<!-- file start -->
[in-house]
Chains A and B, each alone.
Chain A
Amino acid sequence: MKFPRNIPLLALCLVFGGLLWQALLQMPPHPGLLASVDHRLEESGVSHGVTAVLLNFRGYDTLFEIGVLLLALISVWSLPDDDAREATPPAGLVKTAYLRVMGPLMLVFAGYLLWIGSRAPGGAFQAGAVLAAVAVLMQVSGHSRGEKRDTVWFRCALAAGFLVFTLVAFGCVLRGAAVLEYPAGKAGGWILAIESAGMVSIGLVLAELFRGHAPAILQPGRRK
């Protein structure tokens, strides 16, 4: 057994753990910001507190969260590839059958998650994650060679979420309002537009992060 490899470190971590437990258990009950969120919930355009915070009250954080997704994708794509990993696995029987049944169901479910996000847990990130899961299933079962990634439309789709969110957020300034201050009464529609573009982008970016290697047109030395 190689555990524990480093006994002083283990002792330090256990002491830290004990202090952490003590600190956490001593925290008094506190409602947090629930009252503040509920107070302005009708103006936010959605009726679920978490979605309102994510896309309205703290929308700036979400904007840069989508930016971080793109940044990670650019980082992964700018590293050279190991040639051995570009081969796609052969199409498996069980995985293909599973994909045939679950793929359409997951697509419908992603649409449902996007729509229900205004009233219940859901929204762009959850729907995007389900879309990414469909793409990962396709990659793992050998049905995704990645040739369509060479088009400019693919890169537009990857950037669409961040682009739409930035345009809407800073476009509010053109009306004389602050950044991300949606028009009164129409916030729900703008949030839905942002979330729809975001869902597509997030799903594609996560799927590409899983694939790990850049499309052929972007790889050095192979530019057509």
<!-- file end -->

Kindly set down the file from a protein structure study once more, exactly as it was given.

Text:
[in-house]
Chains A and B, each alone.
Chain A
Amino acid sequence: MKFPRNIPLLALCLVFGGLLWQALLQMPPHPGLLASVDHRLEESGVSHGVTAVLLNFRGYDTLFEIGVLLLALISVWSLPDDDAREATPPAGLVKTAYLRVMGPLMLVFAGYLLWIGSRAPGGAFQAGAVLAAVAVLMQVSGHSRGEKRDTVWFRCALAAGFLVFTLVAFGCVLRGAAVLEYPAGKAGGWILAIESAGMVSIGLVLAELFRGHAPAILQPGRRK
């Protein structure tokens, strides 16, 4: 057994753990910001507190969260590839059958998650994650060679979420309002537009992060 490899470190971590437990258990009950969120919930355009915070009250954080997704994708794509990993696995029987049944169901479910996000847990990130899961299933079962990634439309789709969110957020300034201050009464529609573009982008970016290697047109030395 190689555990524990480093006994002083283990002792330090256990002491830290004990202090952490003590600190956490001593925290008094506190409602947090629930009252503040509920107070302005009708103006936010959605009726679920978490979605309102994510896309309205703290929308700036979400904007840069989508930016971080793109940044990670650019980082992964700018590293050279190991040639051995570009081969796609052969199409498996069980995985293909599973994909045939679950793929359409997951697509419908992603649409449902996007729509229900205004009233219940859901929204762009959850729907995007389900879309990414469909793409990962396709990659793992050998049905995704990645040739369509060479088009400019693919890169537009990857950037669409961040682009739409930035345009809407800073476009509010053109009306004389602050950044991300949606028009009164129409916030729900703008949030839905942002979330729809975001869902597509997030799903594609996560799927590409899983694939790990850049499309052929972007790889050095192979530019057509």